Facebook Inc. (NASDAQ:FB) is enjoying its dominant position in online social media despite all the criticism and debate over the future of the social media titan. However, considering the versatile nature of the content, products and services offered by companies, marketers are looking beyond Facebook. This has triggered a debate on The Big Three Of Social Media. But then a question arises why only three and why not beyond the Big Three ? There’s something about the number “3” that screams completion or mastery of skill.
In education, the completion of three degrees typically symbolizes the pinnacle of understanding as the third degree is usually a Doctorate. In sports, the “three-peat” or winning of 3 consecutive championships signifies dominance and often crowns the accomplishing team as a dynasty. In religion, we have the “Big Three” or the three most widely practiced religions in the world: Christianity, Judaism, and Islam which all stem from similar origins. Even in the secret world of Freemasonry, it is widely known that an initiate’s successful attainment of the 3rd “level of knowledge” or “degree” makes him a Master Mason.
Aside from all of the cultural, political and religious attachments to the number, there seems to be the easiest numerical concept for humans to understand when comparing and contrasting complex ideas. Just think about how we tend to add meaningful value to numbers when surveying or requesting feedback. Rating scales limited to the range of 0 to 2 only capture affirmation, with positive responses tied to the number one and negative to the number two. When we extend the range from 0 to 3, we are able to extract a neutral value between the positive and negative response. This all goes to say that no fair comparison or evaluation can be made about anything with less than three choices so it is no surprise that discussion about social media tends to boil down to “the Big Three.” You may ask, “What social media compose the Big Three?”, and the answer will differ from one user to the next. But one cannot deny that there are a few in the bunch that have stood the test of time and will be valuable to users for years to come. We, thought that two questions still remained. Who are “the Big Three”, and who will remain such as the Web continues to evolve?
I asked a few close friends and colleagues to name their “Big Three” and they all had trouble narrowing it down to such a small number. The names that came up most often were: Facebook, Twitter, Instagram, Vine, and Youtube. There was no question about Facebook, given its leadership in the category, massive number of users, and continued push for innovation. The most intriguing point about Facebook’s position in “the Big Three” was the networking site’s successful incorporation of other widely-used social media functionalities into its own, whether through cross-platform usage or actually developing Facebook solutions.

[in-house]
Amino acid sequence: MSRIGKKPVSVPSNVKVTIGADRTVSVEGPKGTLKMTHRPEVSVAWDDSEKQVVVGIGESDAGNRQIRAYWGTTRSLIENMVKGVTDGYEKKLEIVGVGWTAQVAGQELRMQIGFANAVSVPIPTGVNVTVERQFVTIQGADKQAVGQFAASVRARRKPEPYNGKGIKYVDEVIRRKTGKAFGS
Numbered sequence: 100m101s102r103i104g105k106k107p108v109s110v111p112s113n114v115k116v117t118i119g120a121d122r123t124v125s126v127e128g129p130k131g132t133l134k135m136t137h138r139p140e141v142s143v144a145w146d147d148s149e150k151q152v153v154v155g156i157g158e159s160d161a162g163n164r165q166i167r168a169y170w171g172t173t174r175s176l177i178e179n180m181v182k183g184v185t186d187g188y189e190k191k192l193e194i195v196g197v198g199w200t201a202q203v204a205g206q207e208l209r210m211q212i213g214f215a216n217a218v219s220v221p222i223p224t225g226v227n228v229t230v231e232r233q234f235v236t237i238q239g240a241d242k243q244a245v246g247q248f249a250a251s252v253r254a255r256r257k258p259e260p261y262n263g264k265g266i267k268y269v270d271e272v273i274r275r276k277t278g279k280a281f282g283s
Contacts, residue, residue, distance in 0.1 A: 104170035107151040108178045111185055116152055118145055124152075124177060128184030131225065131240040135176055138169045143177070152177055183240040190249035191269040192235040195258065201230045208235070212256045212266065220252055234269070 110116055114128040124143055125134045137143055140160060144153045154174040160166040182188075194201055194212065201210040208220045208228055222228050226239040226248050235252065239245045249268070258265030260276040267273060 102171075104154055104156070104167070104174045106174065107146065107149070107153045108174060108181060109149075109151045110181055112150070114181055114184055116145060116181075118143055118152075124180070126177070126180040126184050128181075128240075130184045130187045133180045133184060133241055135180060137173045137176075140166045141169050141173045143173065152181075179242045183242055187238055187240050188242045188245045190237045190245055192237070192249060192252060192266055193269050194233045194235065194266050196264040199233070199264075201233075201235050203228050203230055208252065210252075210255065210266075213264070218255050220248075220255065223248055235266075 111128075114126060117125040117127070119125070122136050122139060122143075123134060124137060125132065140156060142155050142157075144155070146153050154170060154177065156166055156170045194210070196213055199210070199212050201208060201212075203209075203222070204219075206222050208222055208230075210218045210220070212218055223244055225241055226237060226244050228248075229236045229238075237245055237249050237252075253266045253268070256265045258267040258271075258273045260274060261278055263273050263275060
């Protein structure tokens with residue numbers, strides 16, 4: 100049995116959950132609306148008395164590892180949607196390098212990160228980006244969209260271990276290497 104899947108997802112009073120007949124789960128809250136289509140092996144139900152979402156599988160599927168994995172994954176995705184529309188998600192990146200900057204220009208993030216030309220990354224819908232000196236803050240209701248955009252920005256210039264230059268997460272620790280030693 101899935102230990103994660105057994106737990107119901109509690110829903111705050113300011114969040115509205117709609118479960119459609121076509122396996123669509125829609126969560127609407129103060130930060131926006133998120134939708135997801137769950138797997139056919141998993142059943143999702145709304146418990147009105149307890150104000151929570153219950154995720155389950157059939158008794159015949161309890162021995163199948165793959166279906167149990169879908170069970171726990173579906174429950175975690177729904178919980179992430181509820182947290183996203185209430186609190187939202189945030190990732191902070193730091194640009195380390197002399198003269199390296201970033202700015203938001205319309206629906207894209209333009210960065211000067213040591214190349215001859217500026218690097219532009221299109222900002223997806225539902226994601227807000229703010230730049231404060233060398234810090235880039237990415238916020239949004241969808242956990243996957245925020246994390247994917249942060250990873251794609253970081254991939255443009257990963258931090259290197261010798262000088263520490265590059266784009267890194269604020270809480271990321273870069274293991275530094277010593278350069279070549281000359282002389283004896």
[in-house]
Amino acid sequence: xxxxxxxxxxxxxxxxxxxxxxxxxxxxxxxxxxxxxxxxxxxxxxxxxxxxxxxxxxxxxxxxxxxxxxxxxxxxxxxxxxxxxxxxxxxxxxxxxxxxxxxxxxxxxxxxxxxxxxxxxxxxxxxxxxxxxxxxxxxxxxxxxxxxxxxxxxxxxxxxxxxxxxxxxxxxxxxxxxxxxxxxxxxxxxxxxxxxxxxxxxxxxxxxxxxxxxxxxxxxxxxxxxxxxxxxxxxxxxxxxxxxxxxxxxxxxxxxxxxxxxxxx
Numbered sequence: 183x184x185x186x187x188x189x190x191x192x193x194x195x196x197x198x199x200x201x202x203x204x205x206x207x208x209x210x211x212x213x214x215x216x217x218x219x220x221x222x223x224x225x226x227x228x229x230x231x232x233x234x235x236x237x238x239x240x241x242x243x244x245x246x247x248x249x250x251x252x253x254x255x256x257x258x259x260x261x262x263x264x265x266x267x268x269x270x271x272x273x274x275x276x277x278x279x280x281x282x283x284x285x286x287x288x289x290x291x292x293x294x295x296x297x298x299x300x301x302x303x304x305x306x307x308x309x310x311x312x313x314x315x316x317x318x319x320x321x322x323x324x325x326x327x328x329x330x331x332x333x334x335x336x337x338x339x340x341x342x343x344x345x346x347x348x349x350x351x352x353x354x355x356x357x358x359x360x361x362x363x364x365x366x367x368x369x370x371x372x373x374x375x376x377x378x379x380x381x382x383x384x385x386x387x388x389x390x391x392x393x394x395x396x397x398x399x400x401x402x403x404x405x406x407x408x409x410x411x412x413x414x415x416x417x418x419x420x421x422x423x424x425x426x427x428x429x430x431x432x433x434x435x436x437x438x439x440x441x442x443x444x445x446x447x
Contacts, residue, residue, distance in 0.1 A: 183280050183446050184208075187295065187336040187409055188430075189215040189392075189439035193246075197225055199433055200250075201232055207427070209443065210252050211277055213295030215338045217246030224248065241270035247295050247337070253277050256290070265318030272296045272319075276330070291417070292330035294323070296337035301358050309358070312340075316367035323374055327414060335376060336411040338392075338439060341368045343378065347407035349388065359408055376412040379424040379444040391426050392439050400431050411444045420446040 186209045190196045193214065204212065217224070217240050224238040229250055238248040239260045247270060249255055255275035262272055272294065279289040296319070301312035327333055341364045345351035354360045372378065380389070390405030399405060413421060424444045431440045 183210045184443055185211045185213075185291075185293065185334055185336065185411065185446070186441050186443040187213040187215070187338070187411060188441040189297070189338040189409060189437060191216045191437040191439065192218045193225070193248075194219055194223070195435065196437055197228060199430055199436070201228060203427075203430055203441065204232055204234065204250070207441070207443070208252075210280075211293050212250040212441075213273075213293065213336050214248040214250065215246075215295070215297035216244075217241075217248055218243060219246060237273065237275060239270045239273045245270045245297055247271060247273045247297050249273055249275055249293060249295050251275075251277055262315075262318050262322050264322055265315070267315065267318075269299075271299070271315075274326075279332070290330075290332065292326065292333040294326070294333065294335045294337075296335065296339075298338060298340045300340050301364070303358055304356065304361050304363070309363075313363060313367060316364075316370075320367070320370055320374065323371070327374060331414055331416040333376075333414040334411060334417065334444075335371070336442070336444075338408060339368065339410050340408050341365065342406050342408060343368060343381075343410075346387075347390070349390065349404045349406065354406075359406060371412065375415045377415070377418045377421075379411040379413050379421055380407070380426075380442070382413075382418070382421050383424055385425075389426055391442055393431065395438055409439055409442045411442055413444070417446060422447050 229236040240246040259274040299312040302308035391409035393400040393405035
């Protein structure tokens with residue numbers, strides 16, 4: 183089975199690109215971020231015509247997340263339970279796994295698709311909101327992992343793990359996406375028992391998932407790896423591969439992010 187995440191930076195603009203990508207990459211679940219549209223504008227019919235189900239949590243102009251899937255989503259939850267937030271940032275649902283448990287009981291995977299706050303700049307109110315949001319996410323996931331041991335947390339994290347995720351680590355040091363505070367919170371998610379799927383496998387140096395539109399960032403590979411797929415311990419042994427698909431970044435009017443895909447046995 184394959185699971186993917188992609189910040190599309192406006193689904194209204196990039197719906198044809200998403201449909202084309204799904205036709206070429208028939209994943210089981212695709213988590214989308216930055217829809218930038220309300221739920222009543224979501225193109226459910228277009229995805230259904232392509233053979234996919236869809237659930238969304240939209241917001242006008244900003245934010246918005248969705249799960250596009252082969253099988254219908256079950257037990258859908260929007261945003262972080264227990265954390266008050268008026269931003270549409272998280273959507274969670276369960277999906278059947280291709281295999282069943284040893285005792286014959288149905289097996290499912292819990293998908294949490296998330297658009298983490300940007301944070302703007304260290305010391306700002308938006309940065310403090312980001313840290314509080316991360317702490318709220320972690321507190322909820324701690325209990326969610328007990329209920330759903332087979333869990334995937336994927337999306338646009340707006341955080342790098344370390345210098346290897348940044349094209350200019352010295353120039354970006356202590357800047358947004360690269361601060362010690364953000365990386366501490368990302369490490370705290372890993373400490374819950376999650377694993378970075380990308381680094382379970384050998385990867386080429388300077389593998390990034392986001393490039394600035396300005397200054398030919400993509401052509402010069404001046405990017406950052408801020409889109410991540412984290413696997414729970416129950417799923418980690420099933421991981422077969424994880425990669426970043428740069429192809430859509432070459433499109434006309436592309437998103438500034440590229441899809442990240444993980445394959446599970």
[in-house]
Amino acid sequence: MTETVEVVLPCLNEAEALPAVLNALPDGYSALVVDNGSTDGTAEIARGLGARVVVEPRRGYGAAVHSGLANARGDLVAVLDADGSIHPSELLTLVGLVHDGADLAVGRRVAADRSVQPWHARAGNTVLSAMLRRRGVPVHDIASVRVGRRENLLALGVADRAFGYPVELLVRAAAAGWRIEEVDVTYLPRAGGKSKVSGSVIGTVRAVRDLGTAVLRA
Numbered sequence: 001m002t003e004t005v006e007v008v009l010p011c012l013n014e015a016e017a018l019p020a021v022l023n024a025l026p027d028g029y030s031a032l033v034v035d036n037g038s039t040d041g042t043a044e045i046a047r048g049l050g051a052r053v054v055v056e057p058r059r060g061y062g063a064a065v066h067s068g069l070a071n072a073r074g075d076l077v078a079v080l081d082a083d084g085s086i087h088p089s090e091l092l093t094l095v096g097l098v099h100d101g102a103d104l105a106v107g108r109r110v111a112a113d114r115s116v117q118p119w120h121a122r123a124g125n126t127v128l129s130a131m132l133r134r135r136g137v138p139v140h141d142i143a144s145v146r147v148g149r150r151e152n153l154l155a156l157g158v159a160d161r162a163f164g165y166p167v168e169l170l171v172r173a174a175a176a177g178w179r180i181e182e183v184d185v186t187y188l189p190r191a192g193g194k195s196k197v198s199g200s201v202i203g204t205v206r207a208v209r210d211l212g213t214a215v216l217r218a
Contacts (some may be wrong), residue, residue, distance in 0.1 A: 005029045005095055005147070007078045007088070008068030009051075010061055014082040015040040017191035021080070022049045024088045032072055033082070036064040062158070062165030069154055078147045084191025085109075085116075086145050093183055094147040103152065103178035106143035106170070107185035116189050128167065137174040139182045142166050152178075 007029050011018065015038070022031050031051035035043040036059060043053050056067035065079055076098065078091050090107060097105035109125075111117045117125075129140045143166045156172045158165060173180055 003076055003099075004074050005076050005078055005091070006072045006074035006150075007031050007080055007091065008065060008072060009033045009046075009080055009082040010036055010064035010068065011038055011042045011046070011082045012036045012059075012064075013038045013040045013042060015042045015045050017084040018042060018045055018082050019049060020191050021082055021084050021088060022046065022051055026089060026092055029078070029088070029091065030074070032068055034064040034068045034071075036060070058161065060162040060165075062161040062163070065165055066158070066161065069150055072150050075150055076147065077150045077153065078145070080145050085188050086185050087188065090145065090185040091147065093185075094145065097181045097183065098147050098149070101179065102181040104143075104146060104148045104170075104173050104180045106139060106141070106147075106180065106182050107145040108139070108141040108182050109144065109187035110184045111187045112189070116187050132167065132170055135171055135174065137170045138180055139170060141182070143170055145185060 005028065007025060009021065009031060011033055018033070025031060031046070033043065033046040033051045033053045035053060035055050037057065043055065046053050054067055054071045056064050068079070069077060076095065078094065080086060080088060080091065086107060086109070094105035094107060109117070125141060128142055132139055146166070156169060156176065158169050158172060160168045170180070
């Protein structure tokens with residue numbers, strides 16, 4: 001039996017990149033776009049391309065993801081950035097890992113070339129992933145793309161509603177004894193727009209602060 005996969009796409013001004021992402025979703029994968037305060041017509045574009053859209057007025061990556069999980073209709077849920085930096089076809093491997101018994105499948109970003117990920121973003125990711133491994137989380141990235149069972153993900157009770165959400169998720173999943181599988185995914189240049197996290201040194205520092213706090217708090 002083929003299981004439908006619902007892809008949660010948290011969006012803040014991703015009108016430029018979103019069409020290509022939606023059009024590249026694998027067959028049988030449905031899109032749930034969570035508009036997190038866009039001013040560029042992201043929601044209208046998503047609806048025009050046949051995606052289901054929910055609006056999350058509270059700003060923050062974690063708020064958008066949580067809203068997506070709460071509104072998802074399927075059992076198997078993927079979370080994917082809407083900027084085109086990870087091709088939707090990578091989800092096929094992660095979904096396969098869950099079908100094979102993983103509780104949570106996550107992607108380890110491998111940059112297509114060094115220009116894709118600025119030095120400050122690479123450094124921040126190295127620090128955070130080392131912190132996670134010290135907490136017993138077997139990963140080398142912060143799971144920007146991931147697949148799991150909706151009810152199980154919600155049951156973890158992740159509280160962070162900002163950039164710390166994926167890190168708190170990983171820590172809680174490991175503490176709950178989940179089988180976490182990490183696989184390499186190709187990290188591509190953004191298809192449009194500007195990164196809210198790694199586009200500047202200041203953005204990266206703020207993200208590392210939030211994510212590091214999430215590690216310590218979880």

The conversation then moved, surprisingly, to Instagram. I say “surprisingly” because, in my mind at least, Twitter is the natural direct competitor to Facebook in terms of usage, popularity, and more recently market performance, but these conversations revealed a different reality. Most of my respondents quoted Instagram as their second choice in “the Big Three” because of its focus on sharing visual content in a manner that is easy to consume. Other bonus points for Instagram included cross-platform functionality and engagement tools, but they also appreciated Instagram for its lack of cluttered content. One respondent said, “Twitter and Facebook timelines can be easily cluttered with reposts, promotions, and content you don’t really want to see.” He continued, “Instagram’s timeline can be easily managed with a simple unfollow.” So, it seems as though Facebook and Instagram are the first two of “the Big Three”. Which site would complete the trifecta?
To be honest, I am not really sure. Discussion about the last space jumped back and forth between Vine and Youtube. Some even mentioned Soundcloud. What we all agreed upon, however, was that this third social media giant had to be a master of multimedia, facilitating the seamless sharing of video and audio content. I made the executive decision to place Youtube in 3rd place because of its massive reach and value to media in general. With organizations like the Recording Industry Association of America, Nielsen Soundscan, and Billboard now willing to acknowledge Youtube views as a part of their rankings for most popular records, the video site’s importance to popular culture and advertisers cannot be denied.
Here you have it, my social media “Big Three”:
What’s your Big Three?